The top story on the "Early Show" was the primary results, and the story was narrated by Rene Syler. She noted Stephen Laffey was a conservative:
Back in July, Time magazine elevated left-liberal blogger Ana Marie Cox, better known as Wonkette, to Washington editor of their online site, Time.com. Cox, whose background includes stints at Mother Jones and The American Prospect, had built her reputation, and audience, with occasionally witty, constantly snarky and generally profane commentary on the sex lives of Washington residents. But she had an audience, and Time apparently felt that that justified her promotion. So she moved from the fringes of the blogosphere towards the mainstream press.
And now she's moved further. It's a good bet, I'd think, that most of the audience of The Early Show don't know her background. Well, they didn't learn any of it from her appearance this morning, when she was introduced as, yes, the Washington editor of time.com. Yes, that's what she is. But she's not a non-partisan political analyst, not in any way, shape or form, even though CBS treated her, presented her to their audience, as if she were. She was the first analyst that CBS had on to talk about the President's speech last night. At least through the first hour, she was the only analyst that CBS had on to talk about the President's speech last night.
I wrote, earlier today, about how The Early Show began the broadcast this morning by politicizing 9/11. I had stopped watching after the Axelrod segment to write about it, and just recently got back to it. I was almost stunned by how right my headline had been. I just didn't know the half of it. The first hour of the show was filled with politics, the vast majority of it negative towards the Bush administration and the rest just inappropriate.
First, we had the Axelrod piece, as referenced earlier.
Axelrod: The President's aides have made it clear this is no time for politics, although his very presence here is a reminder of the lost popularity for Mr. Bush in the past five years....In the days and weeks after the President climbed that rubble pile at Ground Zero and promised revenge, the President had an 89% approval rating. Five years later that number is 36%. Later today the President will head from here in Manhattan to Shanksville, Pennsylvania. At 11:45 A.M., Mr. Bush will participate in a ceremony in Shanksville. He will then fly to Washington to lay a wreath at the Pentagon. At 9:00 tonight the President will address the nation in what we're told will be a non-political speech.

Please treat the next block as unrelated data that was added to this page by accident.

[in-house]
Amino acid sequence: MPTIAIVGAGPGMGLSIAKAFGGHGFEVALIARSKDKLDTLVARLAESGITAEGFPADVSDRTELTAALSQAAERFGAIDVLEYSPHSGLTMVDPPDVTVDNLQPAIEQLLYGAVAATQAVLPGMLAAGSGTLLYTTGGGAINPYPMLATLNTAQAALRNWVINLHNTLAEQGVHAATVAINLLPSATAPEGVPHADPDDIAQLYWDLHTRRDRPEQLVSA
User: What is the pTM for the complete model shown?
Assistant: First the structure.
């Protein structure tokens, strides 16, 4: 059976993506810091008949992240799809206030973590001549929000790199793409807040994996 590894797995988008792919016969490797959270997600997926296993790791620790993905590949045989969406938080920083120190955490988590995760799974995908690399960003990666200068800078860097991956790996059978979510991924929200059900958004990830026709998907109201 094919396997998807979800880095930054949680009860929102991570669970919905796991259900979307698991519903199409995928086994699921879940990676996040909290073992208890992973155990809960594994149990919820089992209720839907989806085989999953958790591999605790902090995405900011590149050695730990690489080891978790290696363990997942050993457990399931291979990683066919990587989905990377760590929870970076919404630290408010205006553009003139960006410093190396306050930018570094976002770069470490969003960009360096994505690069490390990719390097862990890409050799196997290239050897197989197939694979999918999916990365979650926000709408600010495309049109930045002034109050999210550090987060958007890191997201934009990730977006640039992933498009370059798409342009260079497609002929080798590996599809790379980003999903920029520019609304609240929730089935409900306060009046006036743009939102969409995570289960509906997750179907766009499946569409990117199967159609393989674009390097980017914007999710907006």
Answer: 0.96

On Monday morning, the fifth anniversary of the September 11th terrorist attacks, former New York City Mayor Rudy Giuliani appeared on the morning shows of each of the three broadcast networks, ABC’s "Good Morning America," NBC’s "Today," and CBS’s "Early Show. While "Good Morning America," and "Today" avoided talk of possible future campaigns, Rene Syler on the "Early Show" looked ahead to the Presidential campaign in 2008 and inquired if Mr. Giuliani would himself be a candidate:
"If I could, sir, ask you about your political aspirations because there's been a lot of talk. You remain a presidential prospect for 2008, will you run for president?"
The 5th anniversary of the terrorist attacks on September 11th, 2001, is clearly an event that needs to be marked and acknowledged. One can only imagine the furor that would arise if the President of the United States were to neglect observing and commenting on the day. On the other hand, if he were to choose this particular time to come out with partisan political attacks, to attempt to take advantage of the anniversary observances in purely political ways, I believe we can say, with some confidence, that the mainstream press would be vociferous in their condemnation. History suggests to us that the media in this country is on the lookout for any signs of partisanship from the President today. (It also suggests that that vigilance is, shall we say, one-sided. Attacks against the President for allowing the towers to be destroyed "on his watch," as it were, would be unlikely to arouse the same sense of outrage.)
Look no further than NewsBusters for complete coverage of Katie Couric’s debut as the anchor of the "CBS Evening News." The MRC’s Brent Baker began the week by noting a previous Couric claim that she’s not biased, but Fox is. Additionally, the new anchor has hired liberal Douglas Brinkley as the show’s historian. On September 5, Couric appeared on "The Early Show," only to apparently forget the program’s name! (Perhaps the perky anchor should do some homework on her new network.)
Ms. Couric wasn’t the week’s only big news. On September 6, "Hardball" host Chris Matthews talked to a Green Party candidate who called for President Bush’s execution. He later told the man, "I like you already." Somewhat ironically, this was only a day after Matthews wondered if Republicans would be using "fear tactics" and other extreme strategies to get elected. (Perhaps calling for the President’s execution could be an example?)